Agency: Cordis | Branch: FP7 | Program: CP-FP | Phase: SEC-2011.6.1-5 | Award Amount: 4.24M | Year: 2012
Convenience and cost-effectiveness are the two key considerations for both citizens and security forces when deciding which technologies to embrace or avoid in the Information Society. State actors and private corporations adopt information communication technologies (ICTs) because they are cost-effective. The motivation for adoption may be different in the private and public sectors but once adopted these ICTs are then capable of being bridged in multiple ways permitting police/security forces to go beyond the data they gather directly but also increasingly tap into data gathered and stored by private corporations. These ICTs, which have to date gone through a period of largely organic growth, will be deemed to be in balance if they are implemented in a way which respects individual privacy while still maximising convenience, profitability, public safety and security. RESPECT seeks to investigate if the current and foreseeable implementation of ICTs in surveillance is indeed in balance and, where a lack of balance may exist or is perceived by citizens not to exist, the project explores options for redressing the balance through a combination of Privacy-Enhancing Technologies and operational approaches. Investigating at least five key sectors not yet tackled by other recent projects researching surveillance (CCTV, database mining and interconnection, on-line social network analysis, RFID & geo-location/sensor devices, financial tracking), RESPECT will also carry out quantitative and qualitative research on citizens awareness and attitudes to surveillance. RESPECT will produce tools that would enable policy makers to understand the socio-cultural as well as the operational and economic impact of surveillance systems. The project will also produce operational guidelines incorporating privacy by design approaches which would enable law enforcement agencies to deploy surveillance systems with lowest privacy risk possible and maximum security gain to citizens.
Agency: Cordis | Branch: H2020 | Program: RIA | Phase: FCT-14-2014 | Award Amount: 5.58M | Year: 2015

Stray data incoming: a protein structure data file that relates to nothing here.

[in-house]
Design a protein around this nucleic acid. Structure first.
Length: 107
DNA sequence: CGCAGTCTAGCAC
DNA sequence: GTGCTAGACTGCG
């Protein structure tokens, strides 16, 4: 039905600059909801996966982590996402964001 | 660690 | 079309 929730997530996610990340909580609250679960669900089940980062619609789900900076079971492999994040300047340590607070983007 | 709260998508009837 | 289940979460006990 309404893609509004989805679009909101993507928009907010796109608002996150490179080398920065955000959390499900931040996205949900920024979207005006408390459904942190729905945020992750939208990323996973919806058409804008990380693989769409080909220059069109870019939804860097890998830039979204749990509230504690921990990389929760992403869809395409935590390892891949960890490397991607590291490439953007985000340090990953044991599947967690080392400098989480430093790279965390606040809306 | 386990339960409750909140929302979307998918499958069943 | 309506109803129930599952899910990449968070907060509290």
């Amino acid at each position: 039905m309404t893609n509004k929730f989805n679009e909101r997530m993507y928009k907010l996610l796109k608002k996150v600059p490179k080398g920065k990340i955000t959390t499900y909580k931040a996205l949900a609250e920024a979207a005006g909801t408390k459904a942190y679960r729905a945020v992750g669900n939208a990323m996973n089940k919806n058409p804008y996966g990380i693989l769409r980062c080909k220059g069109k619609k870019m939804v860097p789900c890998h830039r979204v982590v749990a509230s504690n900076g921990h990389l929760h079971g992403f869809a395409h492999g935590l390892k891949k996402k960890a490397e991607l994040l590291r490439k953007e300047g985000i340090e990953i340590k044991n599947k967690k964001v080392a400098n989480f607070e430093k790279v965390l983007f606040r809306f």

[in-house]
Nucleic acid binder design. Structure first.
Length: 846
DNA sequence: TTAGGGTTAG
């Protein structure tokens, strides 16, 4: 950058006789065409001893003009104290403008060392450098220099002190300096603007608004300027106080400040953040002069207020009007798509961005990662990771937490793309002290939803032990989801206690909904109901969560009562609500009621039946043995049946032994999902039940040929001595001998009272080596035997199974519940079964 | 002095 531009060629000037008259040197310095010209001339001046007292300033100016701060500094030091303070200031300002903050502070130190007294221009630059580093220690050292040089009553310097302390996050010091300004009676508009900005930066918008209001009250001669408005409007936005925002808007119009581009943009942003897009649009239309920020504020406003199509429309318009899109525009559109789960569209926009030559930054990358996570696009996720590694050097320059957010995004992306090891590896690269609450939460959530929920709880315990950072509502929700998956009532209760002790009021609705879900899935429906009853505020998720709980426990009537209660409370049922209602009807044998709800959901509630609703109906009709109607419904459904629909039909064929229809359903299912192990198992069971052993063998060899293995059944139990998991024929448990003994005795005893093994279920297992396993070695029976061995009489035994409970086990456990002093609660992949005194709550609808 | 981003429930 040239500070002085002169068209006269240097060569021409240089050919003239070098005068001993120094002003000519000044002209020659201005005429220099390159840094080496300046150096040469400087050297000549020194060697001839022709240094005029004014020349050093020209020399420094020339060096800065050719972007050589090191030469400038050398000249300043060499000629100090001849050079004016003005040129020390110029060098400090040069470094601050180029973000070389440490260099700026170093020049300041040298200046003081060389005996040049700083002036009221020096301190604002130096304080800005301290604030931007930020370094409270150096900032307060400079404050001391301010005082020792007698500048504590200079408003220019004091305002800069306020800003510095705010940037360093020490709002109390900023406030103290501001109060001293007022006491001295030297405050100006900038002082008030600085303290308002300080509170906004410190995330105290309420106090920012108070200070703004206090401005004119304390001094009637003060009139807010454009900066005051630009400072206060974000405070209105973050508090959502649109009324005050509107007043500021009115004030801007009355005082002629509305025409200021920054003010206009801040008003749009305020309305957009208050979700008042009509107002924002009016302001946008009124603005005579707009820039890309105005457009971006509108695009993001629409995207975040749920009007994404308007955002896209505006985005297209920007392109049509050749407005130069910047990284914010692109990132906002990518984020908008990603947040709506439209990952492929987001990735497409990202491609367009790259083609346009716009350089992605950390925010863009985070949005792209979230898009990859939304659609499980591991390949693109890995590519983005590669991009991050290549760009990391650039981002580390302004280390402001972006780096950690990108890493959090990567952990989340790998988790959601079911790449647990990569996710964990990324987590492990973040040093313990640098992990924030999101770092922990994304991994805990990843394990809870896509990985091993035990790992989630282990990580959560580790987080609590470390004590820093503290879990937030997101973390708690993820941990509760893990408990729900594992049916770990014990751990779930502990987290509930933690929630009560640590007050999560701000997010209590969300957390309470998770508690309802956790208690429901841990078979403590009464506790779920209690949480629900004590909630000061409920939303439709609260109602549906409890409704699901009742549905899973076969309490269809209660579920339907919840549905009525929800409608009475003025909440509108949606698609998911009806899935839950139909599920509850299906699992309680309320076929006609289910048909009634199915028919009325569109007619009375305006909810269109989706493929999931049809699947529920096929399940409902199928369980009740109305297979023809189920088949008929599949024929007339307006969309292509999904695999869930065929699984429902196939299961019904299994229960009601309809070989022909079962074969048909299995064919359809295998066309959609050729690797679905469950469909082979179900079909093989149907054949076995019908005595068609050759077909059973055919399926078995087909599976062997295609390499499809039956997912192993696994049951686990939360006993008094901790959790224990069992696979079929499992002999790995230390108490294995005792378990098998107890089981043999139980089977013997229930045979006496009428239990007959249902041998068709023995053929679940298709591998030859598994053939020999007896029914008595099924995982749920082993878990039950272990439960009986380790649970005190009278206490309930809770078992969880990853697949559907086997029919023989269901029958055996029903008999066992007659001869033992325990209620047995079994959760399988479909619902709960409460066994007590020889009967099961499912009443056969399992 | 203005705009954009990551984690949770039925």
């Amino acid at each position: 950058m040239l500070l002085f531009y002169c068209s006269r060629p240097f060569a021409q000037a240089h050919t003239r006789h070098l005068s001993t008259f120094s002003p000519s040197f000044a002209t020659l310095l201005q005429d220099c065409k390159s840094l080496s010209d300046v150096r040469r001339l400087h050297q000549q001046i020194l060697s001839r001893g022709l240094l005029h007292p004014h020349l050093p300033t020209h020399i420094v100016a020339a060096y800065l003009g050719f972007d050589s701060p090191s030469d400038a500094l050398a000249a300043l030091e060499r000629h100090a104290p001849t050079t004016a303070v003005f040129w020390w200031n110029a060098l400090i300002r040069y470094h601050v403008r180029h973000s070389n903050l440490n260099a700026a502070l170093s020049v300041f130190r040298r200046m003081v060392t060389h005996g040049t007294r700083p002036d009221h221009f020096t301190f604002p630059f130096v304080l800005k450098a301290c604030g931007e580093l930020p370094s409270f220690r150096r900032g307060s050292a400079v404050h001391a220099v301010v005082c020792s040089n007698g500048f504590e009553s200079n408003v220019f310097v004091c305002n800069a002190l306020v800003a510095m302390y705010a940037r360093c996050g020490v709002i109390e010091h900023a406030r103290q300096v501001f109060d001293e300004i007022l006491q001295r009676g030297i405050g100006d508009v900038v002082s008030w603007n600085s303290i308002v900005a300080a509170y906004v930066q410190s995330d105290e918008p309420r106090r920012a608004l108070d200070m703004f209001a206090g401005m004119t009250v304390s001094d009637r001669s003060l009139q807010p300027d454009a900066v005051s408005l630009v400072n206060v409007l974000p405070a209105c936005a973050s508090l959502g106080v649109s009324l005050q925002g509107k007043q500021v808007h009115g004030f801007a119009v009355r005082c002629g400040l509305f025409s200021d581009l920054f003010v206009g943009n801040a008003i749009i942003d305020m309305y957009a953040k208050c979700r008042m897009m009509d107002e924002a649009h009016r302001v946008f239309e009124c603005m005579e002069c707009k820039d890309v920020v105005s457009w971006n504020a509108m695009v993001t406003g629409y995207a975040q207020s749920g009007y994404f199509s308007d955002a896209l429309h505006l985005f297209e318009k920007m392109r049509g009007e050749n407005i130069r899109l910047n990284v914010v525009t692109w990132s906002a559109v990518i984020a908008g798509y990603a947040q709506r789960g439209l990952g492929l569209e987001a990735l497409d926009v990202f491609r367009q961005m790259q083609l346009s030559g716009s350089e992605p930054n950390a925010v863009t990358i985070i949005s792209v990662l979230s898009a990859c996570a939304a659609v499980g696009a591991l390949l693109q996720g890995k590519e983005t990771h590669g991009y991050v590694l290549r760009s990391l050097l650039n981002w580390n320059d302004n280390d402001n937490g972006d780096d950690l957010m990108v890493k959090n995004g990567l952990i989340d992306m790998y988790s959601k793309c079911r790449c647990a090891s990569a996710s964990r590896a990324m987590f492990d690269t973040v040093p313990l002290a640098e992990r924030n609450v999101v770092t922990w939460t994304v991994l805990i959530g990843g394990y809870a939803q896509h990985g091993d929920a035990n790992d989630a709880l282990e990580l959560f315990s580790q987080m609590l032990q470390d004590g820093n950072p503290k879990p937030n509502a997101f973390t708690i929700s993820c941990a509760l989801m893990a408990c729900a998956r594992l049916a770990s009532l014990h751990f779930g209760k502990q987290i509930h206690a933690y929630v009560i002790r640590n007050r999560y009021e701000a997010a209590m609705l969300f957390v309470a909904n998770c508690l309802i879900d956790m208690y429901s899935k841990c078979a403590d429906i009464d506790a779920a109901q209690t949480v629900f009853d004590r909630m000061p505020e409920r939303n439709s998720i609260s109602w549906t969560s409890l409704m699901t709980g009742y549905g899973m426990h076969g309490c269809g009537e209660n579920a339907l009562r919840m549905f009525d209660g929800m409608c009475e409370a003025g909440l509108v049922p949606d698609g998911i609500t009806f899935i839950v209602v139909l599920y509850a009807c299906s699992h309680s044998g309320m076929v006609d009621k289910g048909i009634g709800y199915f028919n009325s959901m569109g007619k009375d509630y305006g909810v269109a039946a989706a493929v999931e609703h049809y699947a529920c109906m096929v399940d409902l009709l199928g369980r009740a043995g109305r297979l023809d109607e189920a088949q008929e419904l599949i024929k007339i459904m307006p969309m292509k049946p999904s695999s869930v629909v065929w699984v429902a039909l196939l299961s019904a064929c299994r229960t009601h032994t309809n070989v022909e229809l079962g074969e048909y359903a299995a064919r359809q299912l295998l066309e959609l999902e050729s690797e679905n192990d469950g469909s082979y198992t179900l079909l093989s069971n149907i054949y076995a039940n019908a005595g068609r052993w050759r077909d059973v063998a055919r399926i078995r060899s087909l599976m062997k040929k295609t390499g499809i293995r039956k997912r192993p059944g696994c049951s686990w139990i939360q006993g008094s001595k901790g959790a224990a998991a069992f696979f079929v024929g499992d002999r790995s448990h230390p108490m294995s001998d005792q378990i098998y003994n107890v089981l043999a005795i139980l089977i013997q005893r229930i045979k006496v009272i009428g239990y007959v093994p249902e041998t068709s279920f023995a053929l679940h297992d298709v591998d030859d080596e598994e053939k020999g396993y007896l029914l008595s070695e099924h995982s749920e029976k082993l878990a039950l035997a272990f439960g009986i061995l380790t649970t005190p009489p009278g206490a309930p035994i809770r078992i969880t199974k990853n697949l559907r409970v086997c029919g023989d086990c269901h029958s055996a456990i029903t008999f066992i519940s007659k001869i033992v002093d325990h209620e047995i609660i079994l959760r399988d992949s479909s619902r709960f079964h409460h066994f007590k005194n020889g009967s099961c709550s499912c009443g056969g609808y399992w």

Theories underlying community policing received new impetus with the recent advent of smartphones and social media and especially user-generated content (UGC) where citizens engage in closer interaction with their local community and law enforcement agency (LEA). The years 2010-2014 have seen a rapid upsurge of smartphone apps aimed at improving crime reporting and other forms of UGC and interaction associated with community policing. Yet these apps are characterised by a predominantly Anglo-Saxon approach with the largest number originating in the USA, a few in Canada, Australia and with the UK apparently the only major EU state where there has been some take-up of these technologies. CITYCoP sets out to find out why the EU appears to be lagging behind although Community Policing is nominally a policy which has been put into action in a number of EU countries. It then goes on to develop a solution including a new smartphone app and on-line portal which are capable of being deployed in any European city while still retaining local flavour and diversity. These ICT solutions will also be designed from scratch to be fully compliant with strict privacy and data protection laws. A training scheme, including use of serious games, will be developed to assist training of officers and citizens in use of the app and portal. CITYCoP will benefit from a multi-disciplinary approach that will include the sociology of community policing as well as cognitive science perspectives of the citizens interaction with community and LEAs through technology. The partners in CITYCoP build on long years of successful collaboration in EU projects dealing with UGC, smart surveillance and privacy (CONSENT, SMART, RESPECT) positioning CITYCoP solutions to achieve integration into smart city eco-systems. CITYCoP will pilot deployments of multi-lingual smartphone apps, portals and serious games training packages in Bucharest (Romania), Lisbon (Portugal), Florence (Italy), Sheffield (UK).
Agency: Cordis | Branch: H2020 | Program: CSA | Phase: DRS-21-2014 | Award Amount: 3.79M | Year: 2015